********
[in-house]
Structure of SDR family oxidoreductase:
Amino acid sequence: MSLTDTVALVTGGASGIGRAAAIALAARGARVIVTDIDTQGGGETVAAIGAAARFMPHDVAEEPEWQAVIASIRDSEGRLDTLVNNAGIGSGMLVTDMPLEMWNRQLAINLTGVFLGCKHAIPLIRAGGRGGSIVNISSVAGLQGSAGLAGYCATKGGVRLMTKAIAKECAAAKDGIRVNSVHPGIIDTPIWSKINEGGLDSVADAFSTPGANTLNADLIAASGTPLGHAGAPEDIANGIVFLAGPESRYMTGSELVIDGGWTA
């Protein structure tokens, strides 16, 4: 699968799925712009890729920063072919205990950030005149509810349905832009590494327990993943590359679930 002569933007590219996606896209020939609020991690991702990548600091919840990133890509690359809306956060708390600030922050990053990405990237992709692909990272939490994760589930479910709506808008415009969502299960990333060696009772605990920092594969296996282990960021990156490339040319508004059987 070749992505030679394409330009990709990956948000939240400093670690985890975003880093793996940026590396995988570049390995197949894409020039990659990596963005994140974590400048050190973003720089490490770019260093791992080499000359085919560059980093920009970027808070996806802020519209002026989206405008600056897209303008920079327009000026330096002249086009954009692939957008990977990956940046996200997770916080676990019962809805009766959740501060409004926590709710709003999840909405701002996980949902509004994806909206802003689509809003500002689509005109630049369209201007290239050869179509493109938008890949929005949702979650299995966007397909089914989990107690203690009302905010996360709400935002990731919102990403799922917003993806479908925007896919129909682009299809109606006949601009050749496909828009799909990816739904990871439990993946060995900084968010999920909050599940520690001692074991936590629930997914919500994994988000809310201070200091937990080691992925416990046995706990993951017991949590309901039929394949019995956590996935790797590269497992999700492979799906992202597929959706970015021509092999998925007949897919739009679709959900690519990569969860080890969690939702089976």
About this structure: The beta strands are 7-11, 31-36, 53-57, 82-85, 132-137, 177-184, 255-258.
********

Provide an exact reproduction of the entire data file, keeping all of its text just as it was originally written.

[in-house]
Structure of SDR family oxidoreductase:
Amino acid sequence: MSLTDTVALVTGGASGIGRAAAIALAARGARVIVTDIDTQGGGETVAAIGAAARFMPHDVAEEPEWQAVIASIRDSEGRLDTLVNNAGIGSGMLVTDMPLEMWNRQLAINLTGVFLGCKHAIPLIRAGGRGGSIVNISSVAGLQGSAGLAGYCATKGGVRLMTKAIAKECAAAKDGIRVNSVHPGIIDTPIWSKINEGGLDSVADAFSTPGANTLNADLIAASGTPLGHAGAPEDIANGIVFLAGPESRYMTGSELVIDGGWTA
């Protein structure tokens, strides 16, 4: 699968799925712009890729920063072919205990950030005149509810349905832009590494327990993943590359679930 002569933007590219996606896209020939609020991690991702990548600091919840990133890509690359809306956060708390600030922050990053990405990237992709692909990272939490994760589930479910709506808008415009969502299960990333060696009772605990920092594969296996282990960021990156490339040319508004059987 070749992505030679394409330009990709990956948000939240400093670690985890975003880093793996940026590396995988570049390995197949894409020039990659990596963005994140974590400048050190973003720089490490770019260093791992080499000359085919560059980093920009970027808070996806802020519209002026989206405008600056897209303008920079327009000026330096002249086009954009692939957008990977990956940046996200997770916080676990019962809805009766959740501060409004926590709710709003999840909405701002996980949902509004994806909206802003689509809003500002689509005109630049369209201007290239050869179509493109938008890949929005949702979650299995966007397909089914989990107690203690009302905010996360709400935002990731919102990403799922917003993806479908925007896919129909682009299809109606006949601009050749496909828009799909990816739904990871439990993946060995900084968010999920909050599940520690001692074991936590629930997914919500994994988000809310201070200091937990080691992925416990046995706990993951017991949590309901039929394949019995956590996935790797590269497992999700492979799906992202597929959706970015021509092999998925007949897919739009679709959900690519990569969860080890969690939702089976």
About this structure: The beta strands are 7-11, 31-36, 53-57, 82-85, 132-137, 177-184, 255-258.